As it is, I don't like TPM.
  18. SHINOBIWANKENOBI Jedi Youngling

    Member Since:
    Aug 10, 2001
    I thought the movie was perfect as the beginning chapter. I wouldn't change a thing, except maybe a nude scene with Natalie Portman (just kiddind...wait, no I am not ;))
  19. Darth23 Jedi Padawan

    Member Since:
    May 14, 1999
    star 4
    Babylon 5?

    Check please.
  20. Darth-Stryphe Former Mod and City Rep

    Member Since:
    Apr 24, 2001
    star 6
    Hey, hey, hey, no Babylon 5 bashing, Darth23. We all know it was the greatest sci-fi TV series ever. Admit it, and you'll feel better.
  21. Malthus Jedi Master

    Member Since:
    Mar 31, 1999
    star 4
    What Patrick_Russell said: "Very good question!"

    I loved the premise of the story. A minor squabble brings a snowball of events to turn it into a galaxy-rending event, steered by a manipulative and Phantom Menace. In addition, a young man's journey with the Force has just begun -- a journey which we only knew the end of.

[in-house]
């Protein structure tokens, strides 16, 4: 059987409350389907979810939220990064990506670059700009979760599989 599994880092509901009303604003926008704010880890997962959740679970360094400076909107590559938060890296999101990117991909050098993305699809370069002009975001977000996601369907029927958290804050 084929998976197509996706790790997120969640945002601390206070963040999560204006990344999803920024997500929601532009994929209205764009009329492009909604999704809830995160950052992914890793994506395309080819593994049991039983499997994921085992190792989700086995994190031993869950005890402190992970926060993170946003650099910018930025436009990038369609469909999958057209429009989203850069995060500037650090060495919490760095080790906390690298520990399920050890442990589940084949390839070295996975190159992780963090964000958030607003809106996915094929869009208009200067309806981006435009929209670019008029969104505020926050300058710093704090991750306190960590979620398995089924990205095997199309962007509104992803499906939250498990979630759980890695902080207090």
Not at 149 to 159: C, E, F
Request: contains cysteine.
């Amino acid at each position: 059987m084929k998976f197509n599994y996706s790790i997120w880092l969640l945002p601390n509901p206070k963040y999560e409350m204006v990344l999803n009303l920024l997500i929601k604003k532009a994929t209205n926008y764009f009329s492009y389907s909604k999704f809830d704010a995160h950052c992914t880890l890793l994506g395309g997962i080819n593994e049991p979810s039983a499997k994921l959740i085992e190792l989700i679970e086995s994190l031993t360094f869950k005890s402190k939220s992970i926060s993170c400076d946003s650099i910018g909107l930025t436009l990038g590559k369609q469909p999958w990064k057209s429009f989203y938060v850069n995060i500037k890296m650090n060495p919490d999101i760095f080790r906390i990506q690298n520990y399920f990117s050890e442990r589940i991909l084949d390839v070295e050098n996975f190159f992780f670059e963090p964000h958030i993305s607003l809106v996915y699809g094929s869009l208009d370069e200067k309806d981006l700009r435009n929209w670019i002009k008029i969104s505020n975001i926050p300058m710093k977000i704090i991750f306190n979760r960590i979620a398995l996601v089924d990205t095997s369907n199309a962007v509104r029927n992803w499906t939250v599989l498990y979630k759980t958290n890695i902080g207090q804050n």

I didn't love how the potentially powerful scenes were constantly robbed by clown-like antics. The Gungan battle was horribly executed. I half-expected to see a little Volkswagen roll through one side of the shield and let 20 clowns out to add to the festive air of stupidity (sound effects included).

    As I see it, the problems worth getting stuck upon are the ones that interfered with its ability to tell its story. Details aren't important; the way they're integrated into the story is. stone_jedi pointed out (rather well) that the execution is what lacked. The way you tell a story is just as important as the story itself.

    After doing some thinking and soul searching on this and other matters (as well as watching the trilogy+TPM due to a recent need to watch Star Wars on weekday nights), I think I've found what it is that truly bugged me personally about TPM:

    I wasn't engaged.

    Let me tell you all something. Confession time. I'm a pretty sappy fellow -- watching movies with powerful emotional scenes can put quite the tear in my eye. I was a happily sobbing mess at my own wedding. I must admit that my list of movies that can do this to me includes each of the previously-made 3 films.